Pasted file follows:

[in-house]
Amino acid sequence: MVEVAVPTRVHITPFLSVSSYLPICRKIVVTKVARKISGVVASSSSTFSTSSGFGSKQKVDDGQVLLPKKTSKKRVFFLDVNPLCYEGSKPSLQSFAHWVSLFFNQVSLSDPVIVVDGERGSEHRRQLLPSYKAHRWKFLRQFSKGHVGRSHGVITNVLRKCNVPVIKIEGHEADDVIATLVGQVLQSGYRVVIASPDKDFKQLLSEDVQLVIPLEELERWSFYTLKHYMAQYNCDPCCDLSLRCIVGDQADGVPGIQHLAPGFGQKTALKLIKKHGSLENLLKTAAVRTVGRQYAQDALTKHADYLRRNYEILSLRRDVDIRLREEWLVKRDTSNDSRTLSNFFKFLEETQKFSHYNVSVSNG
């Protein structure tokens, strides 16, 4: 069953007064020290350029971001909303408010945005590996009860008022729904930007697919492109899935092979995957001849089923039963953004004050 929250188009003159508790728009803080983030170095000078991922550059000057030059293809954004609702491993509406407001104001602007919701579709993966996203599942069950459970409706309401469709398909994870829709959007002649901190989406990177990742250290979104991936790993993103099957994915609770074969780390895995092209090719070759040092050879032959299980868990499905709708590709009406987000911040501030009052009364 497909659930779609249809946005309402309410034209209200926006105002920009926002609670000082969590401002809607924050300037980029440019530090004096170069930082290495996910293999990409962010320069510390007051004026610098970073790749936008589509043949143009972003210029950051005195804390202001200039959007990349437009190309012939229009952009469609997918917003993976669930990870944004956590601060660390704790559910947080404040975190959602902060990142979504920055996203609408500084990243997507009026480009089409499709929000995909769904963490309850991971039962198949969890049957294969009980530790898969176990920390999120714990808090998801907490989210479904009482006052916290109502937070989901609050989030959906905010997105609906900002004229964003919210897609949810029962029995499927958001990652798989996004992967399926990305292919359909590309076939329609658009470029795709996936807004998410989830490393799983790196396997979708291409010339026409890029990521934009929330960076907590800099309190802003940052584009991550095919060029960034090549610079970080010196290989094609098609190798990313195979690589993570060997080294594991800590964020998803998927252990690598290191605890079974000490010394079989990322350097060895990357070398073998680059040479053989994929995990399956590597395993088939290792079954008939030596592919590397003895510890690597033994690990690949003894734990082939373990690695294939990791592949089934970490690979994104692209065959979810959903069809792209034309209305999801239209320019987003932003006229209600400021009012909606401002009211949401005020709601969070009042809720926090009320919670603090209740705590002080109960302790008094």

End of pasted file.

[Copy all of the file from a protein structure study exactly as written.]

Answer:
[in-house]
Amino acid sequence: MVEVAVPTRVHITPFLSVSSYLPICRKIVVTKVARKISGVVASSSSTFSTSSGFGSKQKVDDGQVLLPKKTSKKRVFFLDVNPLCYEGSKPSLQSFAHWVSLFFNQVSLSDPVIVVDGERGSEHRRQLLPSYKAHRWKFLRQFSKGHVGRSHGVITNVLRKCNVPVIKIEGHEADDVIATLVGQVLQSGYRVVIASPDKDFKQLLSEDVQLVIPLEELERWSFYTLKHYMAQYNCDPCCDLSLRCIVGDQADGVPGIQHLAPGFGQKTALKLIKKHGSLENLLKTAAVRTVGRQYAQDALTKHADYLRRNYEILSLRRDVDIRLREEWLVKRDTSNDSRTLSNFFKFLEETQKFSHYNVSVSNG
């Protein structure tokens, strides 16, 4: 069953007064020290350029971001909303408010945005590996009860008022729904930007697919492109899935092979995957001849089923039963953004004050 929250188009003159508790728009803080983030170095000078991922550059000057030059293809954004609702491993509406407001104001602007919701579709993966996203599942069950459970409706309401469709398909994870829709959007002649901190989406990177990742250290979104991936790993993103099957994915609770074969780390895995092209090719070759040092050879032959299980868990499905709708590709009406987000911040501030009052009364 497909659930779609249809946005309402309410034209209200926006105002920009926002609670000082969590401002809607924050300037980029440019530090004096170069930082290495996910293999990409962010320069510390007051004026610098970073790749936008589509043949143009972003210029950051005195804390202001200039959007990349437009190309012939229009952009469609997918917003993976669930990870944004956590601060660390704790559910947080404040975190959602902060990142979504920055996203609408500084990243997507009026480009089409499709929000995909769904963490309850991971039962198949969890049957294969009980530790898969176990920390999120714990808090998801907490989210479904009482006052916290109502937070989901609050989030959906905010997105609906900002004229964003919210897609949810029962029995499927958001990652798989996004992967399926990305292919359909590309076939329609658009470029795709996936807004998410989830490393799983790196396997979708291409010339026409890029990521934009929330960076907590800099309190802003940052584009991550095919060029960034090549610079970080010196290989094609098609190798990313195979690589993570060997080294594991800590964020998803998927252990690598290191605890079974000490010394079989990322350097060895990357070398073998680059040479053989994929995990399956590597395993088939290792079954008939030596592919590397003895510890690597033994690990690949003894734990082939373990690695294939990791592949089934970490690979994104692209065959979810959903069809792209034309209305999801239209320019987003932003006229209600400021009012909606401002009211949401005020709601969070009042809720926090009320919670603090209740705590002080109960302790008094």